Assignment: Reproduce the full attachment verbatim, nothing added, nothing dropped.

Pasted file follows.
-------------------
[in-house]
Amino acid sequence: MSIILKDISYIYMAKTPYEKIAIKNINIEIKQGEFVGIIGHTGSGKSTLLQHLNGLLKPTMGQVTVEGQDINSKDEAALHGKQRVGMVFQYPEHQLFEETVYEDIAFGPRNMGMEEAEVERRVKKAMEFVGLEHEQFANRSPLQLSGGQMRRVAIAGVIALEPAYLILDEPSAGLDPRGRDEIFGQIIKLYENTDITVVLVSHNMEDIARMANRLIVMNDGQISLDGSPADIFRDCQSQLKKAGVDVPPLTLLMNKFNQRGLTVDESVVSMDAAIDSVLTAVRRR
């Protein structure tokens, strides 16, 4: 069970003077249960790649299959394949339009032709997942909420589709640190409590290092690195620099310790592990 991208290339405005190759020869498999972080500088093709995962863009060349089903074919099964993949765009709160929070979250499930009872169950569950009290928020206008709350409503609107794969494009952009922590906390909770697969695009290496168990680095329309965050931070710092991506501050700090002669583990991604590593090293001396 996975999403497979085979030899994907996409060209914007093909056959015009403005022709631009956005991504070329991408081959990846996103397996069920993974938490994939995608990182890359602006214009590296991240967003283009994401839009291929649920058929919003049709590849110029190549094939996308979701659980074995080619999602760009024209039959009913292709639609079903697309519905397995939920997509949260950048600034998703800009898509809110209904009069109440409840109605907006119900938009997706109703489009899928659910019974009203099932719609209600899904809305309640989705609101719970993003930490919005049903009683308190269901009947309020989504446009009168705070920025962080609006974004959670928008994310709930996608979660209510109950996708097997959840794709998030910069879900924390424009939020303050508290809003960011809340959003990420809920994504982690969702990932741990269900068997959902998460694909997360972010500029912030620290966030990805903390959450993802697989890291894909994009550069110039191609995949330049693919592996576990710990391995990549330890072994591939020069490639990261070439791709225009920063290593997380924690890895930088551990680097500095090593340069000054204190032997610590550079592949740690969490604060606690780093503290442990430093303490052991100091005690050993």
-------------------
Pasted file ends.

[in-house]
Amino acid sequence: MSIILKDISYIYMAKTPYEKIAIKNINIEIKQGEFVGIIGHTGSGKSTLLQHLNGLLKPTMGQVTVEGQDINSKDEAALHGKQRVGMVFQYPEHQLFEETVYEDIAFGPRNMGMEEAEVERRVKKAMEFVGLEHEQFANRSPLQLSGGQMRRVAIAGVIALEPAYLILDEPSAGLDPRGRDEIFGQIIKLYENTDITVVLVSHNMEDIARMANRLIVMNDGQISLDGSPADIFRDCQSQLKKAGVDVPPLTLLMNKFNQRGLTVDESVVSMDAAIDSVLTAVRRR
């Protein structure tokens, strides 16, 4: 069970003077249960790649299959394949339009032709997942909420589709640190409590290092690195620099310790592990 991208290339405005190759020869498999972080500088093709995962863009060349089903074919099964993949765009709160929070979250499930009872169950569950009290928020206008709350409503609107794969494009952009922590906390909770697969695009290496168990680095329309965050931070710092991506501050700090002669583990991604590593090293001396 996975999403497979085979030899994907996409060209914007093909056959015009403005022709631009956005991504070329991408081959990846996103397996069920993974938490994939995608990182890359602006214009590296991240967003283009994401839009291929649920058929919003049709590849110029190549094939996308979701659980074995080619999602760009024209039959009913292709639609079903697309519905397995939920997509949260950048600034998703800009898509809110209904009069109440409840109605907006119900938009997706109703489009899928659910019974009203099932719609209600899904809305309640989705609101719970993003930490919005049903009683308190269901009947309020989504446009009168705070920025962080609006974004959670928008994310709930996608979660209510109950996708097997959840794709998030910069879900924390424009939020303050508290809003960011809340959003990420809920994504982690969702990932741990269900068997959902998460694909997360972010500029912030620290966030990805903390959450993802697989890291894909994009550069110039191609995949330049693919592996576990710990391995990549330890072994591939020069490639990261070439791709225009920063290593997380924690890895930088551990680097500095090593340069000054204190032997610590550079592949740690969490604060606690780093503290442990430093303490052991100091005690050993």